US Blames Houthis for Yemen’s Woes

State Dept falsely claims Houthis are refusing ceasefire

Back from a visit to the Gulf area, State Department special envoy for Yemen Tim Lenderking returned to the US to push the narrative that the Shi’ite Houthi movement is mostly to blame for the ongoing problems in Yemen.

Yemen’s problems include large civilian casualties from the Saudi-led war and the borderline famine conditions as Saudi-enforced naval blockade has kept food imports far below pre-war levels. That lack of food and medicine, also because of the blockade, is an ongoing crisis.

It’s hard not to notice that the common denominator in all of these major humanitarian problems for Yemen is Saudi Arabia. Defense Secretary Lloyd Austin reiterated earlier this week that the US remains committed to Saudi Arabia when it comes to regional security, and that clearly is the intent as Lenderking pointed the finger at the Houthis.

This spin isn’t shocking, as the US has been participating in the war, on the Saudis’ side, off and on for years.  It is quite a shift for the Biden Administration though, who had been trying to distance themselves from the war and was encouraging a peace deal.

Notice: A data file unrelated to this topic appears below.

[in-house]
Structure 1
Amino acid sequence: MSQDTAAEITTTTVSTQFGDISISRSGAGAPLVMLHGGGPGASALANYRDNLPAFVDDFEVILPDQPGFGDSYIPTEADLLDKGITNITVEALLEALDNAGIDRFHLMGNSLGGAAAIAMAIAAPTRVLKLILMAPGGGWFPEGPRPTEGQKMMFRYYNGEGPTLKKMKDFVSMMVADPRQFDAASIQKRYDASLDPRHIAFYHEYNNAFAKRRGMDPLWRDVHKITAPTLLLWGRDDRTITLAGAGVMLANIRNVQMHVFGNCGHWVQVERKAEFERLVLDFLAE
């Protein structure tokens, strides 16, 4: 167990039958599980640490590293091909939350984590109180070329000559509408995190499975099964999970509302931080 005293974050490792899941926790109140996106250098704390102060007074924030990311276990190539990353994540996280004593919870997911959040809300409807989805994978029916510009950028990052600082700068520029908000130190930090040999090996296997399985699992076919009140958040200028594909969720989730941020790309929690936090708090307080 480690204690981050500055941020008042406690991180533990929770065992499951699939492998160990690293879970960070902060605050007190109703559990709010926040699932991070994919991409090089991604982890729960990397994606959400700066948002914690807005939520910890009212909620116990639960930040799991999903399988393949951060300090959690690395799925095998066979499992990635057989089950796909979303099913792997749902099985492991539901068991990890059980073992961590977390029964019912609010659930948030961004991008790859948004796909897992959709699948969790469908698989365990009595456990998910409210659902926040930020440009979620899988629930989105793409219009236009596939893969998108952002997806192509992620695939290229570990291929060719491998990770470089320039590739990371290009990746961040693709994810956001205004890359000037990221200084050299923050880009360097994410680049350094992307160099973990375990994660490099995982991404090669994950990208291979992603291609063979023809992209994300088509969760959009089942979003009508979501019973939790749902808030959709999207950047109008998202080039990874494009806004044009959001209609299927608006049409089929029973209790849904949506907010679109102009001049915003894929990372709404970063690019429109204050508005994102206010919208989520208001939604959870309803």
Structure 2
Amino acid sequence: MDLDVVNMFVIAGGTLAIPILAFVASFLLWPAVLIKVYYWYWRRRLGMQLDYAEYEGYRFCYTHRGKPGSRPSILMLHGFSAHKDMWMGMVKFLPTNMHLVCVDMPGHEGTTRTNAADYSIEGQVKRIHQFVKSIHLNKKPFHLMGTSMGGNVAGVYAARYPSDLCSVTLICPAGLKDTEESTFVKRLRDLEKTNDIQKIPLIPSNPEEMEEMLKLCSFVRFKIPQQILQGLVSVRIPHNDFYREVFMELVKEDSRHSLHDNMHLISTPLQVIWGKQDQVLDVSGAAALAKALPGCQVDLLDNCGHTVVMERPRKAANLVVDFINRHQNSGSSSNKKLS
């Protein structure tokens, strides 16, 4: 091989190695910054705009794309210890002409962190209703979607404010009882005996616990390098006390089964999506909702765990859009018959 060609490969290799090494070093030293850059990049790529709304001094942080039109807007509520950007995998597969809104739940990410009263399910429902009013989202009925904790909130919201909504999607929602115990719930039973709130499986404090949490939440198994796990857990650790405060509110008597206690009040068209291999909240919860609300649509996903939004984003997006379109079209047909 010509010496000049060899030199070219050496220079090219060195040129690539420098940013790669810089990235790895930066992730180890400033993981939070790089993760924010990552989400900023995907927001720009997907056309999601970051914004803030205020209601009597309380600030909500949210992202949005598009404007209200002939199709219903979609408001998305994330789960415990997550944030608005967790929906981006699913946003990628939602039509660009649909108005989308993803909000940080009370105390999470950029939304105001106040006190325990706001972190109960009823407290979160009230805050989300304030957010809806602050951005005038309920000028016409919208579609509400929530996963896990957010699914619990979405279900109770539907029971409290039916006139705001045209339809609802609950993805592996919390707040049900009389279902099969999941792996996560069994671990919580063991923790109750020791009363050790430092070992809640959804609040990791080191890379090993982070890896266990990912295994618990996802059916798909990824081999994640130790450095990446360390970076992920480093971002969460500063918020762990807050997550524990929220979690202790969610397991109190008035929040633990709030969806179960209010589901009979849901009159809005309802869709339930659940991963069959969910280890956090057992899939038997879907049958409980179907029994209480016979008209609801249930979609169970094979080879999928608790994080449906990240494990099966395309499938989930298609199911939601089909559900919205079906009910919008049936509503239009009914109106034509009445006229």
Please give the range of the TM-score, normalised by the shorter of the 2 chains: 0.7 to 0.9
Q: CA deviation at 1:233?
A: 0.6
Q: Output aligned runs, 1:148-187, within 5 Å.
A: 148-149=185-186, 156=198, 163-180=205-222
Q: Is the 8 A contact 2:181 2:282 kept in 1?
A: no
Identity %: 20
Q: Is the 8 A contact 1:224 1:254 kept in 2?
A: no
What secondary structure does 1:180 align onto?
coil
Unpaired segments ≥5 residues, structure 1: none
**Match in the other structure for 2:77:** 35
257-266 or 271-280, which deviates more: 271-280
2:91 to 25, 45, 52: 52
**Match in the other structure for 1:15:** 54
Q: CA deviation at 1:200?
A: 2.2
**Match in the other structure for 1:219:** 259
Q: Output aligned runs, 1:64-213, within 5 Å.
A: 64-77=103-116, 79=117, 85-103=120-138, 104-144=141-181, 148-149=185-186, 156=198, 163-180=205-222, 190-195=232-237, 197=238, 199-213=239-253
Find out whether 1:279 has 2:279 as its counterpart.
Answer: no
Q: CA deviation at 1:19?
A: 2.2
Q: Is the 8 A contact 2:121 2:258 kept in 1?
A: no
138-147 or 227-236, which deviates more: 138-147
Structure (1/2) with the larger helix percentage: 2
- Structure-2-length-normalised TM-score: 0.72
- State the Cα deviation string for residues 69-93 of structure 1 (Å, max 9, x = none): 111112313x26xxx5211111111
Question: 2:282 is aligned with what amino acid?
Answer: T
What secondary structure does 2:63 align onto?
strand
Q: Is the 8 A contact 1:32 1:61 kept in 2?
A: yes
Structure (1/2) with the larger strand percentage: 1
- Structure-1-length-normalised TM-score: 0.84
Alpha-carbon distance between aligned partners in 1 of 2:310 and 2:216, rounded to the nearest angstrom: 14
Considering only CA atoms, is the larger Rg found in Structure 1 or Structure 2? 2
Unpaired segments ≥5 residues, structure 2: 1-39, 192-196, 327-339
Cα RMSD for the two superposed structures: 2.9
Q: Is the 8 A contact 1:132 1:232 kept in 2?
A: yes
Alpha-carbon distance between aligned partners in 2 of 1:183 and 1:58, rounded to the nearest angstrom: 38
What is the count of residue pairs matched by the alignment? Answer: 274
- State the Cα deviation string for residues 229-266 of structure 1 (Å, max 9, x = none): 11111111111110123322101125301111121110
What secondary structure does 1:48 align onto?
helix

Lenderking sought further to accuse the Houthis of refusing a ceasefire, which is simply untrue. The Houthis have consistently participated in peace talks with the Saudis and the Saudi-backed government, and the main reason the past peace talks failed was that the Saudis’ allies refused any deal involving power-sharing or a fresh election, wanting unconditional continued rule.

That’s the context in which Lenderking is trying to blame the Houthis, and to make matters worse, the US has consistently backed the Saudis’ play throughout.

Author: Jason Ditz

Jason Ditz is Senior Editor for He has 20 years of experience in foreign policy research and his work has appeared in The American Conservative, Responsible Statecraft, Forbes, Toronto Star, Minneapolis Star-Tribune, Providence Journal, Washington Times, and the Detroit Free Press.